McConnell and McKinley aren’t naïve when it comes to the complexity of poverty. Systemic and structural forces combine to perpetuate crisis in the lives of people abused beyond belief. Reading of McConnell’s own experience as a young boy when one of his friends was stabbed to death in front of him or of Innocencia, a thirteen-year-old street girl from northern Brazil whose parents abandoned her when she was five years old and survived since that time as a child prostitute, or of Picachu, a ten-year-old little boy whose grandfather beat and sexually abused him are horrific. Such circumstances immediately issue a call to action by the church of Jesus Christ. Surely, the church must not turn away from such suffering, but what exactly is a faithful church to do?
Analyzing the modern Evangelical scene, the practices of many local churches are to send short-term ministry teams into critical areas in partnership with sophisticated (and well-funded) para-church ministries. By his own testimony, McConnell has seen numerous teams from the United States and the United Kingdom “show up with their paintbrushes and hammers, but with no understanding of the gospel message they think they’ve come to proclaim.” The gospel, therefore, is the starting point for McConnell, and he admits that most who think about doing mission work in hard places do not readily understand the content of the gospel and how it applies to the thinking and habits of poor people.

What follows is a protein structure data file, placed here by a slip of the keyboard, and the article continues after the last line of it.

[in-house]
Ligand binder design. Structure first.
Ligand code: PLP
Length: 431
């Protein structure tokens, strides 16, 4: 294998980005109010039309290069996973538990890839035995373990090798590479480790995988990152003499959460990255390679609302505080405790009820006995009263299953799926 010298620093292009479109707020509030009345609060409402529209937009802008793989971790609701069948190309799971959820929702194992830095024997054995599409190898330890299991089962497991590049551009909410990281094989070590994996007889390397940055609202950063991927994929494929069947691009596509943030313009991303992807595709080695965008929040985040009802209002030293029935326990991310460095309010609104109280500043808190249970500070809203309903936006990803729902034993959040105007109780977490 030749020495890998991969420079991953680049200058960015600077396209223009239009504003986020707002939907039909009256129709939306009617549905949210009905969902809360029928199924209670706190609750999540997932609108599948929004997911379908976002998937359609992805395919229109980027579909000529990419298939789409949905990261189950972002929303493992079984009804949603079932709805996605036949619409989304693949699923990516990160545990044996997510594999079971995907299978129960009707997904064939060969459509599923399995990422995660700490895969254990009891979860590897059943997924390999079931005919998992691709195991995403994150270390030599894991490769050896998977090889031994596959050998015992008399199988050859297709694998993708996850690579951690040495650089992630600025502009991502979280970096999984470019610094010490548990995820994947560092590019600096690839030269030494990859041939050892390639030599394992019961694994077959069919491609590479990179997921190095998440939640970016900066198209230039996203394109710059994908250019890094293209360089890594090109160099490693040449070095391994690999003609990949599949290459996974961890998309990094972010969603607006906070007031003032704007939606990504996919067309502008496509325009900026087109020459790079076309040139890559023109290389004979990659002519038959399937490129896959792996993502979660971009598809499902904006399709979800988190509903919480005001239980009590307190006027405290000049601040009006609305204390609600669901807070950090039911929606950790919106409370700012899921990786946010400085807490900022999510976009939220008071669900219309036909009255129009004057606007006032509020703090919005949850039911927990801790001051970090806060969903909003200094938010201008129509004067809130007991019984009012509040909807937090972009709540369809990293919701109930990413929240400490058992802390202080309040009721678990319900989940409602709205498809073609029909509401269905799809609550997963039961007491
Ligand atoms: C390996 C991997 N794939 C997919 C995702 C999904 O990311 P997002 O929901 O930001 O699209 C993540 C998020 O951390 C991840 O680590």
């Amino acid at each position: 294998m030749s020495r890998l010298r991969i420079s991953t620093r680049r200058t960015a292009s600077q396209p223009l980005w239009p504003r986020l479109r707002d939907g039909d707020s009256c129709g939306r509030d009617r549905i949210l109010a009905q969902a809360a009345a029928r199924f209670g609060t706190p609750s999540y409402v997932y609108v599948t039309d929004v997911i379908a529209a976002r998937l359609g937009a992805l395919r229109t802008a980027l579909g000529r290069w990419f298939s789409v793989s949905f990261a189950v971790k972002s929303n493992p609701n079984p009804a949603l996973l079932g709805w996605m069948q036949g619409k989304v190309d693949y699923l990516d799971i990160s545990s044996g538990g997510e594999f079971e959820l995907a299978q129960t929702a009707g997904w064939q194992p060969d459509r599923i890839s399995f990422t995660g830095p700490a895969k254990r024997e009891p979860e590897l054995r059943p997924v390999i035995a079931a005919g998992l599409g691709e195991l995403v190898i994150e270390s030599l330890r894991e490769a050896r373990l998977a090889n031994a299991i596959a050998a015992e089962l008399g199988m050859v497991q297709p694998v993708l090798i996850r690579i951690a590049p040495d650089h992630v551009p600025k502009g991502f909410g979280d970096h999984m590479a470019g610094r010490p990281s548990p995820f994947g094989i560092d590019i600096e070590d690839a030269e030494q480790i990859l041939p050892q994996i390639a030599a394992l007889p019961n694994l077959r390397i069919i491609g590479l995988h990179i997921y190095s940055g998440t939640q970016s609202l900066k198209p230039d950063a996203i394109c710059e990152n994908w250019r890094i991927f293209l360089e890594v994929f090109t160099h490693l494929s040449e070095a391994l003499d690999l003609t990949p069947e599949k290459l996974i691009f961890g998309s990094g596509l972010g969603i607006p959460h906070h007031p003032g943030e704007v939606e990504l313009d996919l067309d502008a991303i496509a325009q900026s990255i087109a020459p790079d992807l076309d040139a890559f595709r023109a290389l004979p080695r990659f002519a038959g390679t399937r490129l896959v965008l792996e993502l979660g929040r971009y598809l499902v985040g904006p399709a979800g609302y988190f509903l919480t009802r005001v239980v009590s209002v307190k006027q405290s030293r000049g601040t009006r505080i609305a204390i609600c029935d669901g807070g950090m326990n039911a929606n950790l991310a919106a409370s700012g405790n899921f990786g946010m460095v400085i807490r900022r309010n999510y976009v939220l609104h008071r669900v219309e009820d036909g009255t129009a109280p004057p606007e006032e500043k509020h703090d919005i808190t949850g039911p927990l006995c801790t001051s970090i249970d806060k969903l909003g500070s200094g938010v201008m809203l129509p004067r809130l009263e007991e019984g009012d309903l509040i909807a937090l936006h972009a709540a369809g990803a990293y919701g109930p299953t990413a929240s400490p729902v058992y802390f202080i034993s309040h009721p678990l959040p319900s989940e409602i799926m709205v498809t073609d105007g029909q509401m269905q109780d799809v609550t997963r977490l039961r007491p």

The Gospel at the Center
Using the framework, of “God, Man, Christ, and Response,” McConnell exposits the gospel from the Bible and quickly moves to emphasize the prioritization of local churches being the chief means by which the poor are helped. Communities are transformed as the result of the work of a biblical church established according to the clearly defined and rigorously enforced aspects of church life. For McConnell, serving in a church is not glamorous or easy, but required for all Christians. He is well aware of the objections against teaching the poor Christian doctrine and calling them to become members of local churches to learn theology.